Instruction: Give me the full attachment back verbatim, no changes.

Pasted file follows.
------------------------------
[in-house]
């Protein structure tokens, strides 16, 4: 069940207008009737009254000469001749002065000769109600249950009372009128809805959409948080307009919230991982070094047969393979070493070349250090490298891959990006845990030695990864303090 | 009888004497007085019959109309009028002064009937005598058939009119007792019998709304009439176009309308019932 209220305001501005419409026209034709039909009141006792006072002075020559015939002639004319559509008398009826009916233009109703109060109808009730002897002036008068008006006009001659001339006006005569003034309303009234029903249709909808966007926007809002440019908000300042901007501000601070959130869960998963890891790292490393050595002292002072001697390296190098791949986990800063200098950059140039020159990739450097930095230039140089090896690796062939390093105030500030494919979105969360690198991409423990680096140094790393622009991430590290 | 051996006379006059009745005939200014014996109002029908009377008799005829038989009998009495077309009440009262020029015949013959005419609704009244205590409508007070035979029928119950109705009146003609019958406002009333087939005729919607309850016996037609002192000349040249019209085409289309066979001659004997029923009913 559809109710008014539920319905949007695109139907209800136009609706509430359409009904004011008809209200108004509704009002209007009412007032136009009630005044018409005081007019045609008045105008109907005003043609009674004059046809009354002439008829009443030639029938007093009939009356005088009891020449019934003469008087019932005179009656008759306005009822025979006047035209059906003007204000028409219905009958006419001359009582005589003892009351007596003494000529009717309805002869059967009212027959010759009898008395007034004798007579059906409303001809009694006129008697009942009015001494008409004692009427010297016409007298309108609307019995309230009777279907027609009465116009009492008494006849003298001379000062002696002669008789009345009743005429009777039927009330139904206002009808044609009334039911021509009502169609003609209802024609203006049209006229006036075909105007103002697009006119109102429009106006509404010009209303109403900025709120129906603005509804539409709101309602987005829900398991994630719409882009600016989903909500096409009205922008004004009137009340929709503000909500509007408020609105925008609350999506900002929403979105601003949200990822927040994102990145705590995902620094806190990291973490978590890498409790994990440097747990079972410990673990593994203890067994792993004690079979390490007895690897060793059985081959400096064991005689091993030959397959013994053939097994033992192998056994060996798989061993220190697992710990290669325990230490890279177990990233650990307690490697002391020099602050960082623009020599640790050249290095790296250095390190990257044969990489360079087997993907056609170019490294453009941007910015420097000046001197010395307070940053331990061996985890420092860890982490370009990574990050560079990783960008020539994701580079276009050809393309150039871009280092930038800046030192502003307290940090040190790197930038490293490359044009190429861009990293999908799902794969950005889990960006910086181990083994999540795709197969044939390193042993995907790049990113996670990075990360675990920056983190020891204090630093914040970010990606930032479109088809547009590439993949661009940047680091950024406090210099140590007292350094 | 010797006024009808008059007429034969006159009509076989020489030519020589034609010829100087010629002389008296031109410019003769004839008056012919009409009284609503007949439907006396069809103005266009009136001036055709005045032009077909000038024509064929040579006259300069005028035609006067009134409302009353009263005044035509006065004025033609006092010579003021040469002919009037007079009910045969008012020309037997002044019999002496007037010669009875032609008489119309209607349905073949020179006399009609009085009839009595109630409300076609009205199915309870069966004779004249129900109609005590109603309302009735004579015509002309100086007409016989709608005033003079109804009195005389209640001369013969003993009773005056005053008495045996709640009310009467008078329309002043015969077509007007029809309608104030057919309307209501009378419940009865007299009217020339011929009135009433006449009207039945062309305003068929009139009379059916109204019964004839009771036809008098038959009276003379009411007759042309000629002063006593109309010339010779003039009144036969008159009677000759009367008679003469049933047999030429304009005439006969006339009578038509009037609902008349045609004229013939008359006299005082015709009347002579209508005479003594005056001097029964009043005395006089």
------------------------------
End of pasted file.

[in-house]
């Protein structure tokens, strides 16, 4: 069940207008009737009254000469001749002065000769109600249950009372009128809805959409948080307009919230991982070094047969393979070493070349250090490298891959990006845990030695990864303090 | 009888004497007085019959109309009028002064009937005598058939009119007792019998709304009439176009309308019932 209220305001501005419409026209034709039909009141006792006072002075020559015939002639004319559509008398009826009916233009109703109060109808009730002897002036008068008006006009001659001339006006005569003034309303009234029903249709909808966007926007809002440019908000300042901007501000601070959130869960998963890891790292490393050595002292002072001697390296190098791949986990800063200098950059140039020159990739450097930095230039140089090896690796062939390093105030500030494919979105969360690198991409423990680096140094790393622009991430590290 | 051996006379006059009745005939200014014996109002029908009377008799005829038989009998009495077309009440009262020029015949013959005419609704009244205590409508007070035979029928119950109705009146003609019958406002009333087939005729919607309850016996037609002192000349040249019209085409289309066979001659004997029923009913 559809109710008014539920319905949007695109139907209800136009609706509430359409009904004011008809209200108004509704009002209007009412007032136009009630005044018409005081007019045609008045105008109907005003043609009674004059046809009354002439008829009443030639029938007093009939009356005088009891020449019934003469008087019932005179009656008759306005009822025979006047035209059906003007204000028409219905009958006419001359009582005589003892009351007596003494000529009717309805002869059967009212027959010759009898008395007034004798007579059906409303001809009694006129008697009942009015001494008409004692009427010297016409007298309108609307019995309230009777279907027609009465116009009492008494006849003298001379000062002696002669008789009345009743005429009777039927009330139904206002009808044609009334039911021509009502169609003609209802024609203006049209006229006036075909105007103002697009006119109102429009106006509404010009209303109403900025709120129906603005509804539409709101309602987005829900398991994630719409882009600016989903909500096409009205922008004004009137009340929709503000909500509007408020609105925008609350999506900002929403979105601003949200990822927040994102990145705590995902620094806190990291973490978590890498409790994990440097747990079972410990673990593994203890067994792993004690079979390490007895690897060793059985081959400096064991005689091993030959397959013994053939097994033992192998056994060996798989061993220190697992710990290669325990230490890279177990990233650990307690490697002391020099602050960082623009020599640790050249290095790296250095390190990257044969990489360079087997993907056609170019490294453009941007910015420097000046001197010395307070940053331990061996985890420092860890982490370009990574990050560079990783960008020539994701580079276009050809393309150039871009280092930038800046030192502003307290940090040190790197930038490293490359044009190429861009990293999908799902794969950005889990960006910086181990083994999540795709197969044939390193042993995907790049990113996670990075990360675990920056983190020891204090630093914040970010990606930032479109088809547009590439993949661009940047680091950024406090210099140590007292350094 | 010797006024009808008059007429034969006159009509076989020489030519020589034609010829100087010629002389008296031109410019003769004839008056012919009409009284609503007949439907006396069809103005266009009136001036055709005045032009077909000038024509064929040579006259300069005028035609006067009134409302009353009263005044035509006065004025033609006092010579003021040469002919009037007079009910045969008012020309037997002044019999002496007037010669009875032609008489119309209607349905073949020179006399009609009085009839009595109630409300076609009205199915309870069966004779004249129900109609005590109603309302009735004579015509002309100086007409016989709608005033003079109804009195005389209640001369013969003993009773005056005053008495045996709640009310009467008078329309002043015969077509007007029809309608104030057919309307209501009378419940009865007299009217020339011929009135009433006449009207039945062309305003068929009139009379059916109204019964004839009771036809008098038959009276003379009411007759042309000629002063006593109309010339010779003039009144036969008159009677000759009367008679003469049933047999030429304009005439006969006339009578038509009037609902008349045609004229013939008359006299005082015709009347002579209508005479003594005056001097029964009043005395006089």